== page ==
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by saying that if we look at education policies and change-perhaps from as far back as Butler to Balls, or from Baker to Balls-we see far more cross-party agreement on educational matters in our country than the earlier exchange between the two Front Benchers might suggest.

Of course there are disagreements on how much money we spend and, at particular times, on fundamentals, but very often some of the greatest advances in education policy have been made on a relatively bipartisan basis. The Education Act 1944 was the subject of cross-party agreement, although the Committee on it was led by Rab Butler. I remind the House that the Dearing report from 1997 is another example of real progress being made through agreement across the House.

I am giving an overview before we evaluate particular aspects of the Queen's Speech. This is the first time in my time in the House and my experience of education that I can see an end to the silo in 14-to-19 education that marked off the academic route-the route from GCSE to A-levels and university-as the only prized route. The reforms might have gone further, and I have always been a supporter of all the Tomlinson recommendations.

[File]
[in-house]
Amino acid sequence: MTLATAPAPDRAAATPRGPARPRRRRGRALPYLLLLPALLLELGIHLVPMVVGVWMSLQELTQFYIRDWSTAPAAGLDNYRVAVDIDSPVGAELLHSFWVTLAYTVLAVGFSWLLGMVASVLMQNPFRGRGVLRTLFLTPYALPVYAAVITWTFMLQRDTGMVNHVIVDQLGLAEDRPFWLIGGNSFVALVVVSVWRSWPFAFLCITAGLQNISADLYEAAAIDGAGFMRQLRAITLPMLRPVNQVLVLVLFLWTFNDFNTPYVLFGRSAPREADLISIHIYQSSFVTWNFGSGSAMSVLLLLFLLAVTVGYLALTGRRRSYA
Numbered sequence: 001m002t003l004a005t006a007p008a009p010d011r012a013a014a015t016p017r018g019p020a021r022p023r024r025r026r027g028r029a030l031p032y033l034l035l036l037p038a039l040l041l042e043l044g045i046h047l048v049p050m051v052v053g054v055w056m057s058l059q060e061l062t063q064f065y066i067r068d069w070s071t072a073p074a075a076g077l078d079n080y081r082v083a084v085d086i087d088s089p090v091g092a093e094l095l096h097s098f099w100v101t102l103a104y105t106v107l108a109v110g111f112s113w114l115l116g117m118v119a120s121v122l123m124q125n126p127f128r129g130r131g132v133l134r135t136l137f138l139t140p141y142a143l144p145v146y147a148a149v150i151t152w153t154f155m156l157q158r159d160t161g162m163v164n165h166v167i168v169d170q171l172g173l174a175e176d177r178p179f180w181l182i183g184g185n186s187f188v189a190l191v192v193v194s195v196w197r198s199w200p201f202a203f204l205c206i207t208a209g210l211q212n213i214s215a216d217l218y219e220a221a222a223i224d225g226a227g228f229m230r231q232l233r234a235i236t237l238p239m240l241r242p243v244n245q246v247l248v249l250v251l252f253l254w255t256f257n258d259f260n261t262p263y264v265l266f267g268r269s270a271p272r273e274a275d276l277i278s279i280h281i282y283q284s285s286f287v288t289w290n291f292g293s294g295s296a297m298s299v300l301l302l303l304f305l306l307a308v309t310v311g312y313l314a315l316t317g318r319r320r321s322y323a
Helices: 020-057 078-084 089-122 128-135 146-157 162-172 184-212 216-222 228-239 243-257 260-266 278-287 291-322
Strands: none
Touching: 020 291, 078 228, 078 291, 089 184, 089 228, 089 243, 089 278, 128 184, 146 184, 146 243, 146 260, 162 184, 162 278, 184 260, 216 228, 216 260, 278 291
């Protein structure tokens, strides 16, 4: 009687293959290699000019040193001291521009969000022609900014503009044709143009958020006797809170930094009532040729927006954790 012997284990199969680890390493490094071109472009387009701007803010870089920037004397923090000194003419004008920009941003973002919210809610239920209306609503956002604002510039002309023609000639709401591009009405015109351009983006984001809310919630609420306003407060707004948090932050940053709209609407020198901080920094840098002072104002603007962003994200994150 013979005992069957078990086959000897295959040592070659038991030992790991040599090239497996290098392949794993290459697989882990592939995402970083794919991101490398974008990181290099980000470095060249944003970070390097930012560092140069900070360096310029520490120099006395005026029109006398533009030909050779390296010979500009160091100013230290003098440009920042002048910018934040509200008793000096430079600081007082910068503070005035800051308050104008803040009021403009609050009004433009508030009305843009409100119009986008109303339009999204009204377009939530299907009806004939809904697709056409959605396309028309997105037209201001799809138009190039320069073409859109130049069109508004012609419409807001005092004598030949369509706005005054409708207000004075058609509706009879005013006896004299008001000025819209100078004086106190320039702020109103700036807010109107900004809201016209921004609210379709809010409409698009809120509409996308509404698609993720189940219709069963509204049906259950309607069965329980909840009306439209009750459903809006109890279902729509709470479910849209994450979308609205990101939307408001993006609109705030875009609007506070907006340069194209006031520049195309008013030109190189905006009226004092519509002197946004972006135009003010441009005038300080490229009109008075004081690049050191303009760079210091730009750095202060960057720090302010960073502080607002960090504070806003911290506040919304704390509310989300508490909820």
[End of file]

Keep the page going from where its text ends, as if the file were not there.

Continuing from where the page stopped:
Bob Russell rose-

Mr. Sheerman: I shall give way in a moment.

However, we now have, from 14 to 19, real alternatives for young people in our country-the academic, diploma and apprenticeship routes. They are not in silos. Those young people can not only choose between those routes, but cross from one to the other.